Review of Selected Literature, 1950-1970
In the 1950s, discussion on the means for "getting things
done" centered around "motivation". Many psychologists
have established the existence of a prioritized hierarchy of needs
that motivate individuals towards satisfactory performance. In particular,
Maslow, often quoted in project management literature, put forward
a hierarchy depicted as a pyramid. This displayed basic psychological
needs at the base and worked up to 'self-actualization' at the top.
Some years later, Herzberg postulated a controversial Motivator-Hygiene
theory in which only some of the needs represented a positive motivation.
The absence of fulfillment of other needs simply had a negative
effect. Verma, in a recent
Project Management Institute (PMI) book publication,
has brought these two positions neatly together by shading that
part of Maslow's pyramid which corresponds to Herzberg's positive
motivators, see Figure 1. The problem with these
approaches is that people are treated as though they are all the
Figure 1: Maslow's Modified Hierarchy of Needs
In the 1960s, Huber attempted to move the discussion of motivation
towards "on-the-job development" through the work of behavioral
scientists. He chose to categorize and document professional attitudes
and abilities in terms of what he called general and specific motivation
and interpersonal and professional competence.
Huber recognized that the numerous combinations, when applied to
particular situations, could give rise to both functional and dysfunctional
Blake and Mouton moved the discussion to the issue of management
style. They proposed a 9x9 "Management Grid" in which
"Concern for Production" is set against "Concern
for People", two elements of a manager's job characterizing
the manager's leadership role.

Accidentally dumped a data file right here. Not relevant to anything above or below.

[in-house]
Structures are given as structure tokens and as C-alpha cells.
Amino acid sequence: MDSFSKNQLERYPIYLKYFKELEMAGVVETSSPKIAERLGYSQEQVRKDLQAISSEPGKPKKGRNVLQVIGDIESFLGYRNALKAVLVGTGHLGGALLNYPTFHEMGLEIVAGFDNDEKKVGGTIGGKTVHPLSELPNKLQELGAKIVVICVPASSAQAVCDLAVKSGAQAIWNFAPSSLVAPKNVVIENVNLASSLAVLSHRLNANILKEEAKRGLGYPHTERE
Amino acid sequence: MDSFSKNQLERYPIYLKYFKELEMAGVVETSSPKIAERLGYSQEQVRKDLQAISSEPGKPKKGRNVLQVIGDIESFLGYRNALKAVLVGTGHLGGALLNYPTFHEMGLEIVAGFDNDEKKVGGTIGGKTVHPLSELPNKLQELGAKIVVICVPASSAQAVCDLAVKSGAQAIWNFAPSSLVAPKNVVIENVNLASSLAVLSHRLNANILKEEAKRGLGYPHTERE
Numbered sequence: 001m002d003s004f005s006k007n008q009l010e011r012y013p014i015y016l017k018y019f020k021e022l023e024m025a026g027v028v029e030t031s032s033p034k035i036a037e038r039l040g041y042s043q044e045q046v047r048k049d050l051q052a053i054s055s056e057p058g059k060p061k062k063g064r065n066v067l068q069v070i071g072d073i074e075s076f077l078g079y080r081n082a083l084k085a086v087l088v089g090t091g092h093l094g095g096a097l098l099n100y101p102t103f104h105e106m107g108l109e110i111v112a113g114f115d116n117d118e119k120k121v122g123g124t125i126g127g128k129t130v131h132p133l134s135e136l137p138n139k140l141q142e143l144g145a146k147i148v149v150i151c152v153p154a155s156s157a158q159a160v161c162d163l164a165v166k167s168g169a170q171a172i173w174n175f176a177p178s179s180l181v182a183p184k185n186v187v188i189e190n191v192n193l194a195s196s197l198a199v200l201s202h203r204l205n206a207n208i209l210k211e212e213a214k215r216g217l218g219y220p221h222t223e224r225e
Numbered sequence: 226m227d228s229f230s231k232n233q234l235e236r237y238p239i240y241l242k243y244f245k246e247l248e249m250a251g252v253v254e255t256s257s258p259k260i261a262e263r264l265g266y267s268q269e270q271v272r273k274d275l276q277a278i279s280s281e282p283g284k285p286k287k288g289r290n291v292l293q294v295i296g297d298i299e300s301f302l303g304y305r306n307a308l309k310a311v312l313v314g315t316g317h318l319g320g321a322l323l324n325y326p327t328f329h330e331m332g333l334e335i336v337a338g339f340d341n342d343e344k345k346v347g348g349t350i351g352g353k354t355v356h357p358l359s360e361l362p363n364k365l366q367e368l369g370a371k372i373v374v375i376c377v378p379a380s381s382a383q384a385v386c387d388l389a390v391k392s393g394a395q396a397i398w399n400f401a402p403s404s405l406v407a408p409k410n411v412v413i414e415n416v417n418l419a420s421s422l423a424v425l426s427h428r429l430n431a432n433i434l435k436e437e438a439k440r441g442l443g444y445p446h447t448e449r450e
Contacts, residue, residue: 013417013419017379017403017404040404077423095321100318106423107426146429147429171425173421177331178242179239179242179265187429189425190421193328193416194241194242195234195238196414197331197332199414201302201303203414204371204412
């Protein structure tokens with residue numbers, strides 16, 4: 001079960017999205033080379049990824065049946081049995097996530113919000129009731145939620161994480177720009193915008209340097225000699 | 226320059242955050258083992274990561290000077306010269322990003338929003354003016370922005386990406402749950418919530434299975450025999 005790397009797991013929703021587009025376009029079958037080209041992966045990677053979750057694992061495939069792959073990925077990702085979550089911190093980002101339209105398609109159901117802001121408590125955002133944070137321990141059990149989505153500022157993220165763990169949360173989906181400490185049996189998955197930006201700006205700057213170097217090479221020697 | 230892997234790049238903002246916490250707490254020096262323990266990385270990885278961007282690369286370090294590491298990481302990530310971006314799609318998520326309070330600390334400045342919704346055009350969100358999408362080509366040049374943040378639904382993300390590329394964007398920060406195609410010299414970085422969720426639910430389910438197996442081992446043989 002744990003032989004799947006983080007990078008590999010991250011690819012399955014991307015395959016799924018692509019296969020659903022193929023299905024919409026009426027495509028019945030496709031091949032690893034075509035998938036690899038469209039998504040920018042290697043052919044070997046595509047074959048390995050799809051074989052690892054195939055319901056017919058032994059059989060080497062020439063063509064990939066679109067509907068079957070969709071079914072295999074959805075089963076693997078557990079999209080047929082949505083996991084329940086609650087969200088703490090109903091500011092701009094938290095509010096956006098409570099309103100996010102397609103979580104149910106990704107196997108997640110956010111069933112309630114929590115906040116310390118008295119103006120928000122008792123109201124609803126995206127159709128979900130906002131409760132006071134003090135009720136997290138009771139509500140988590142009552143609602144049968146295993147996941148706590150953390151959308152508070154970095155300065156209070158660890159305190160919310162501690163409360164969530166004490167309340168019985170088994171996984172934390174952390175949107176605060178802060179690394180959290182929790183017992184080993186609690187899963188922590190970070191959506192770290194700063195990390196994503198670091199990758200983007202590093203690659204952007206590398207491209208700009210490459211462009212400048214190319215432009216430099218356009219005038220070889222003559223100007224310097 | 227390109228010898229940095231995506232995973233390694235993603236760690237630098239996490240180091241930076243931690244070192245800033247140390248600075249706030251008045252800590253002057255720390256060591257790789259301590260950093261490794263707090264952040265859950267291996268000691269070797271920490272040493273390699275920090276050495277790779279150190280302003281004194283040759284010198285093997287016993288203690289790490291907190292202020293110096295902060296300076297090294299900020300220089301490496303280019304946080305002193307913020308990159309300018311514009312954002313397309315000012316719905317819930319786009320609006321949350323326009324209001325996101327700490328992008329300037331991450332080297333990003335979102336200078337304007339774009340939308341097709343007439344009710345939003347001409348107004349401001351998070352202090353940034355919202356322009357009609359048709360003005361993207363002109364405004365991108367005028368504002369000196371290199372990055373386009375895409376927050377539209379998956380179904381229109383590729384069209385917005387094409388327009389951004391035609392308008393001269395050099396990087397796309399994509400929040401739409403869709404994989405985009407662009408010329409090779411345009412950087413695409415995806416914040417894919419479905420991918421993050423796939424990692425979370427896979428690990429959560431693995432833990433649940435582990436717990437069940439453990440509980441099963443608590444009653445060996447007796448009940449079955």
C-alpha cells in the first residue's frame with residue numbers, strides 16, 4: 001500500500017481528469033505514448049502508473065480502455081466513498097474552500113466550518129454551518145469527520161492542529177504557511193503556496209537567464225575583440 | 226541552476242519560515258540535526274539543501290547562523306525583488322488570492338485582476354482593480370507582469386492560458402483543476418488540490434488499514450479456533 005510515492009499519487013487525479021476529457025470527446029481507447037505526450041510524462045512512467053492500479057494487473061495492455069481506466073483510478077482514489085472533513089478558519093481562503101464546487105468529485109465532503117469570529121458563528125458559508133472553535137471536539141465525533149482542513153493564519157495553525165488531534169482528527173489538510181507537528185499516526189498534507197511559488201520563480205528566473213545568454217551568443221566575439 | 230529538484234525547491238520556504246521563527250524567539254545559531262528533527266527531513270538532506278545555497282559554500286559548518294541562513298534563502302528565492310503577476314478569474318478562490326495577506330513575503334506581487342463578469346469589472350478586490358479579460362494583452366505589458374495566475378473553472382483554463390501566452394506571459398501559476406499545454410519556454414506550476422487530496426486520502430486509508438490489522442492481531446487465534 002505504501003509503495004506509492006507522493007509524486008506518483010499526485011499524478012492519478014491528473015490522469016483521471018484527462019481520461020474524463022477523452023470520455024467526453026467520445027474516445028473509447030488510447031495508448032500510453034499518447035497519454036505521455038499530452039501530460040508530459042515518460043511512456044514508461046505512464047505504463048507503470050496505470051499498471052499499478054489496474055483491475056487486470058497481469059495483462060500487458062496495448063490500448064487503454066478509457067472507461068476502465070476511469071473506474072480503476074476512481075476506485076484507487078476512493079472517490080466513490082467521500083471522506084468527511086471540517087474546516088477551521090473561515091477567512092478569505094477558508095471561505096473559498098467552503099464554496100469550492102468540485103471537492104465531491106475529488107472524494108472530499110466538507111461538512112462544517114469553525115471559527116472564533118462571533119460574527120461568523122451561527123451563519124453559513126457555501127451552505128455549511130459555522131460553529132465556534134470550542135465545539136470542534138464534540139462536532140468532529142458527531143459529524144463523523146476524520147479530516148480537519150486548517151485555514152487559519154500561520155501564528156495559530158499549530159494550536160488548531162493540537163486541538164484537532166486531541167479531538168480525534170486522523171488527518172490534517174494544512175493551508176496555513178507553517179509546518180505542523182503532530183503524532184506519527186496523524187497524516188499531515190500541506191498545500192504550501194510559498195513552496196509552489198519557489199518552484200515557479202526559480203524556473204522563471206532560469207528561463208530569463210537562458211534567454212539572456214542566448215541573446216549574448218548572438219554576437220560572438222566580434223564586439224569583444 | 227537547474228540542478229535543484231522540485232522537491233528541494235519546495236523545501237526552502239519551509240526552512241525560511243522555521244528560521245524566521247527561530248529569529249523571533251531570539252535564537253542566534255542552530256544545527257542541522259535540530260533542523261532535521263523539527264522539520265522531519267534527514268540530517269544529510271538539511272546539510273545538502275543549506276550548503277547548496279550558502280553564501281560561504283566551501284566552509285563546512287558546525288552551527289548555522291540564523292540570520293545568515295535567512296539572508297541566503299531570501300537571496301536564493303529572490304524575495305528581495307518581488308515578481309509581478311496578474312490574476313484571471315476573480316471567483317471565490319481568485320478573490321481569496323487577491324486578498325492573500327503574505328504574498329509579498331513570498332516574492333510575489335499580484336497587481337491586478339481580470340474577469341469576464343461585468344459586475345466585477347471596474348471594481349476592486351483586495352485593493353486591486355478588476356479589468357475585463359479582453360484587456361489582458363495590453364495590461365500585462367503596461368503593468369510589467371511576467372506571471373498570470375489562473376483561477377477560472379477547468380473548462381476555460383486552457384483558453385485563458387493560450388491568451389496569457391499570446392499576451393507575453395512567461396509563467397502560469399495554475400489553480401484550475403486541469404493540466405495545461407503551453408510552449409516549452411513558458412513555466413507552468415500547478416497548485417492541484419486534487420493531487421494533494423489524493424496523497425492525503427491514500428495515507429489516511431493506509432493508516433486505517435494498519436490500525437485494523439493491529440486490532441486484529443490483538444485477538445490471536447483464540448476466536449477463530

Positions on the grid show five essentially different management
styles ranging from Impoverished Management (1,1) to Team Management
(9,9) as shown in Figure 2. The problem with
this is that everyone wants to be an "ideal" manager at
"9,9", and there appears to be no question of matching
style to situation. Indeed, anyone placed at "1,1" would
appear to be bereft of any good reason to be a manager at all, let
alone a leader!
Figure 2: Blake-Mouton Managerial Grid
In the 1970s, Hersey and Blanchard observed that "... the
evidence of research clearly indicates that there is no single all-purpose
leadership style. Successful leaders are those who can adapt their
behavior to meet demands of their unique situation." They proposed a line chart comparing Task
Behavior, i.e., providing direction, low to high, against Relationship
Behavior, i.e. providing support, low or high. They show four levels
of "direction" appropriate to four levels of 'maturity
of the followers', the higher the maturity the lower the direction
required. This phenomenon is often clearly evident in a corporate
setting as "team building" progresses.
Maslow, Abraham, Motivation and Personality, Harper and Brothers,
New York, 1954.
2. Herzberg, Frederick, One more Time: How do you
motivate employees? Harvard Business Review 46(1), 1968, pp53-62.
3. Verma, Vijay, Human Resource Skills for the Project
Manager: The Human Aspects of Project Management, Volume Two, Project
Management Institute, 1995, p61.
4. Huber, George. P., The Application of Behavioral
Science Theory to Professional Development, Academy of Management
Journal 10(3), 1967, pp273-286.
5. Blake, Robert R., and Jane S. Mouton, The Managerial
Grid, Gulf Publishing, Houston, 1964.
6. Hersey, Paul, and Ken H. Blanchard, The Management
of Change, Training and Development Journal, 26(1, 2 & 3), 1972.